One of those favourite plants which always demands a stop at this time of year: Acer palmatum ‘Otome Zakura’ which has the most attractive coral foliage in the early part of the year.
DSC_0111 LOWER WALK TREE PAEONIA (2)
An unknown tree paeonia on The Lower Walk which is without a name but beautiful nonetheless
DSC_0123 ROCKERY
The Rockery has been renewed and redeveloped wonderfully over the past year and extended considerably down the slope behind with an interesting planting of woodland species.
DSC_0139 THE DELL
The Dell, one of the quiet, understated and – to me – one of the most appealing spots in the garden
DSC_0141 THE TEMPLE
The Temple, the final resting place of Mr. Ambrose Congreve and his wife, Mrs. Margery Congreve which bears the inscription, “Sun and Shade by turn but Love Always”. There is a beautiful view onto the River Suir from this spot.
DSC_0156 PAULOWNIAS AND BLUEBELLS (4)
A spot of Bluebells – and the garden is awash with them at the moment.
DSC_0163 DAVIDIA INVOLUCRATA (3)
The Handkerchief Tree, Davidia involucrata, impossible to pass!
DSC_0006 MAY BORDER (6)
A final view of The May Border and home!

 

 

 

 

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22 thoughts on “Mount Congreve – A Walk with the Camera

    1. It’s a local garden and I have the great privilege of being allowed visit whenever I wish, open days or closed days so it is a very special place to me.

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  1. So glad to hear you are that far Paddy, In the greater scheme of things it was a relatively short period but probably didnt feel like that. The pictures were all fabulous, The only quibble Id have was the amount of gravel on the Rockery but maybe when I see it I will understand. We are so lucky to have a world class garden so near us and I also have Altamount not too far away. I see Michael was down at Annesgrove? I saw it many years ago and was slightly disappointed! I had expected more….what exactltly …I dont know! Im sure Mary is delighted you are mobile.All going well here at present.

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    1. Many thanks, Peter. It’s great to feel there has been progress. The gravel on the rockery will be covered very quickly as the plants grow. Annesgrove have been renovated and will be a great garden again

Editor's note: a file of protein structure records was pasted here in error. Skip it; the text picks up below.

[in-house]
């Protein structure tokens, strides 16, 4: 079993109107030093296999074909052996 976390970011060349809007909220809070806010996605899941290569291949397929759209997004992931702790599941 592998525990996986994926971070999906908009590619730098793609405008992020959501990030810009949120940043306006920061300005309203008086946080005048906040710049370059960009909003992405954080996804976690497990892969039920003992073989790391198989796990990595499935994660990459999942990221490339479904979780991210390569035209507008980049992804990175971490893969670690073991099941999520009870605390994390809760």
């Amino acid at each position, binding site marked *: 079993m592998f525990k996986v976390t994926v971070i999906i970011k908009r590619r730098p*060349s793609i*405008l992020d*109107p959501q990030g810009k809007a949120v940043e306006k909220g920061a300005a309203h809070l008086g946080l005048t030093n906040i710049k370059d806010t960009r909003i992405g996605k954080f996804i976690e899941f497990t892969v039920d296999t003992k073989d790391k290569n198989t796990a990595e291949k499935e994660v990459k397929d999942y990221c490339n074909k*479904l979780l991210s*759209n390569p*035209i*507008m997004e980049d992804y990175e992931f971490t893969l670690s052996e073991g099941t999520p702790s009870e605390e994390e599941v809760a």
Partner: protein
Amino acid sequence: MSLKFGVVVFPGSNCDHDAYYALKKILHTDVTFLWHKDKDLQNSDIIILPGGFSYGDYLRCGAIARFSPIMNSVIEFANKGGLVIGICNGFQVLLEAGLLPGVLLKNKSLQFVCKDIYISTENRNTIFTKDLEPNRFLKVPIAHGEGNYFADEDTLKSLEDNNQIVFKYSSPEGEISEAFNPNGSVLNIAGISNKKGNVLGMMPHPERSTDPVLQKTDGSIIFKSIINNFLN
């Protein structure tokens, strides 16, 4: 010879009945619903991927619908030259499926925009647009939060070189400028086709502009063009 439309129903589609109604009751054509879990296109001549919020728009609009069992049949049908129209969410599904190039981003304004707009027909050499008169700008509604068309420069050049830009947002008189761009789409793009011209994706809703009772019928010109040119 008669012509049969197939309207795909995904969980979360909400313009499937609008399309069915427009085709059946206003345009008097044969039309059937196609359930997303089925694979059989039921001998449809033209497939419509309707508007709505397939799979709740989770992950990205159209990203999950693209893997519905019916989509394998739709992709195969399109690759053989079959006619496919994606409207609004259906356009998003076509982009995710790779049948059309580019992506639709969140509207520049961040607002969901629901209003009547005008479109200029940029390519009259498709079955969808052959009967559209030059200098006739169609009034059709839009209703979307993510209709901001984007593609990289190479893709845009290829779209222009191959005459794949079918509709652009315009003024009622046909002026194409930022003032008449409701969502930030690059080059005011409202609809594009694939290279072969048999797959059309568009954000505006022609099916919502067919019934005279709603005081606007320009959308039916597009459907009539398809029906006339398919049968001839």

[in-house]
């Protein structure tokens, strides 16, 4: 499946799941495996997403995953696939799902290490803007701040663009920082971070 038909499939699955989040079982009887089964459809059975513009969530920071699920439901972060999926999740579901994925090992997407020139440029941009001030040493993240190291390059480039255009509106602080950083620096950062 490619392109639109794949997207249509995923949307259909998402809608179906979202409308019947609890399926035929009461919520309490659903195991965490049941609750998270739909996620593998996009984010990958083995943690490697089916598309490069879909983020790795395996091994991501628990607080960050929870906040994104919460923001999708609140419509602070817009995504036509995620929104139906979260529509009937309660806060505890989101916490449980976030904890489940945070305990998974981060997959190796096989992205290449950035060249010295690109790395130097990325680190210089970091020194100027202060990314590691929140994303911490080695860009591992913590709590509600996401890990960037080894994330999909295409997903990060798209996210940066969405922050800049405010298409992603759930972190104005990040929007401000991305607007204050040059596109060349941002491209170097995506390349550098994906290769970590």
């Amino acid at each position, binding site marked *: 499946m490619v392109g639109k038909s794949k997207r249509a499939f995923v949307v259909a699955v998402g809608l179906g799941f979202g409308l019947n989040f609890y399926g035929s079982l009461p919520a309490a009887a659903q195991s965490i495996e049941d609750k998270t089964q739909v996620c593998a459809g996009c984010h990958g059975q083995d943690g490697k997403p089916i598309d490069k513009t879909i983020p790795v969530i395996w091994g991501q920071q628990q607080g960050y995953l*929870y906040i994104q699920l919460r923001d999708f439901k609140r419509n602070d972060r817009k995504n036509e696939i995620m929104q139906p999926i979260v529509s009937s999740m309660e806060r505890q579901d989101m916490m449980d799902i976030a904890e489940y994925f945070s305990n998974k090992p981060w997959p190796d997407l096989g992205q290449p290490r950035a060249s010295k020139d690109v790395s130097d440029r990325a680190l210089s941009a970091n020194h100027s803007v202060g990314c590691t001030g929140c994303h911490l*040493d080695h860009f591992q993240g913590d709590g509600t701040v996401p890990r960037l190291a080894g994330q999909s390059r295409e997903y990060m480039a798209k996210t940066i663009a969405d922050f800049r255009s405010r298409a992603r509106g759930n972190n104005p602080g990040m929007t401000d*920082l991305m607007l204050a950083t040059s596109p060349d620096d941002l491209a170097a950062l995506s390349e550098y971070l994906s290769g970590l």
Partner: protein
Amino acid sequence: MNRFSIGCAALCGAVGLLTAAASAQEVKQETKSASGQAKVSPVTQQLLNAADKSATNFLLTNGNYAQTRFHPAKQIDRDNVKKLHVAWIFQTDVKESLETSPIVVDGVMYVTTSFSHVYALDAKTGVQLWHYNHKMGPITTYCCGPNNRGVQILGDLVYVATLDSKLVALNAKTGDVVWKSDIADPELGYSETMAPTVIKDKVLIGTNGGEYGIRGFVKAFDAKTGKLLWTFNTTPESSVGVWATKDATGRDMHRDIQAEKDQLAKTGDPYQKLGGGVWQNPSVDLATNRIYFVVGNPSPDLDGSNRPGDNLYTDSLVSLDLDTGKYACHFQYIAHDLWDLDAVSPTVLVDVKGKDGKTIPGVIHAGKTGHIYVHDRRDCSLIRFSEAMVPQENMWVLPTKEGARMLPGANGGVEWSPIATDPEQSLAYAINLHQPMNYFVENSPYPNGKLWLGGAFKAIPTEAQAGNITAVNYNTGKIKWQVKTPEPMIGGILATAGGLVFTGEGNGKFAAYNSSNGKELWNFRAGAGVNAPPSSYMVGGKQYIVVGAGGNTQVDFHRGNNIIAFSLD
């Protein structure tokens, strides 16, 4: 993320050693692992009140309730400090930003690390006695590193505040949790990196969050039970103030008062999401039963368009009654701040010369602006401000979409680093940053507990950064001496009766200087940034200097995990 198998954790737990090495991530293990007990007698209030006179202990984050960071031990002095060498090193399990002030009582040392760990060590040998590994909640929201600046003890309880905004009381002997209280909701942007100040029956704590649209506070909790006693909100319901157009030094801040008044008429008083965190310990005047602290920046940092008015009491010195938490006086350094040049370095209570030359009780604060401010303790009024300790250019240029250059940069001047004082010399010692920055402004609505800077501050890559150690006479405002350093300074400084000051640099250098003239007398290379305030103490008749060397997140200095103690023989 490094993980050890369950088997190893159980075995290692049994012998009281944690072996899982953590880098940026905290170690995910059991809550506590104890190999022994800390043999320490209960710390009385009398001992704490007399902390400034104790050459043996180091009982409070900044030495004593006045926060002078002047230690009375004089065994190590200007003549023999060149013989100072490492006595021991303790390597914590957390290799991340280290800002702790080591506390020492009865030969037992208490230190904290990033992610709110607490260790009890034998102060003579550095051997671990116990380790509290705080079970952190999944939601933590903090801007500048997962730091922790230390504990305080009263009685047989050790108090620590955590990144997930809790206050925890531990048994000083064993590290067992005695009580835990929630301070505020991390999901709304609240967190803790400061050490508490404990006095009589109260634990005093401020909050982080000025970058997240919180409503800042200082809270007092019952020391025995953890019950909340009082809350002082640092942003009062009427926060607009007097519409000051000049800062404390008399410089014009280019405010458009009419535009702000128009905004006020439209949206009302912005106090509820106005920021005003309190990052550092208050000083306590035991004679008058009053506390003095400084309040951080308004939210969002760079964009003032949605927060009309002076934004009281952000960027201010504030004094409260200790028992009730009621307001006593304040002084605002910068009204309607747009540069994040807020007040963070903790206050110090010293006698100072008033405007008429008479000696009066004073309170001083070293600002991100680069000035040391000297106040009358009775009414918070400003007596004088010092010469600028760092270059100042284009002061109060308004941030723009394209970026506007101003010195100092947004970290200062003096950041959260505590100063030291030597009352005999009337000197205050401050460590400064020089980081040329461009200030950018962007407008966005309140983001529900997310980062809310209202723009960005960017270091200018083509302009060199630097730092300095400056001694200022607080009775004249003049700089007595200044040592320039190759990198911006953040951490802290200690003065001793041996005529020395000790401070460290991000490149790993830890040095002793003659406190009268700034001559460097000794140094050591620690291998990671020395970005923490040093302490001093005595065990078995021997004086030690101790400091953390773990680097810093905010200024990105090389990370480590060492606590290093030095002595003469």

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  2. Just read your Mount Congreve email. For info your reference to Collingworth Ingram should read Collingwood Ingram!

    Enjoyed my virtual garden tour.

    Kind regards

    John (Sanders) Somerset Sent from my iPhone

    Sent from my iPhone >

    Liked by 1 person

    1. I’m very fortunate to have this garden so close to me and very thankful to those who work there that I’m welcomed in whenever I wish to go.

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  3. What a beautiful landscape to enjoy, with so many special things! The differences in blooming time for different climates always amaze me. Here in the northeast US the magnolias are at their peak, the azalea on their way, yet I wouldn’t think to see a flower on Kniphofia c. for another month or so. It’s actually only just begun to come out of dormancy!
    I’m glad to hear that leisurely garden visits are back on the table.

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    1. Your climate is harsher than ours – colder winters and hotter summers. Our climate is more like the Pacific northwest. Re the kniphofias, this species is always early here and, peculiarly, another form of the species flowers in autumn.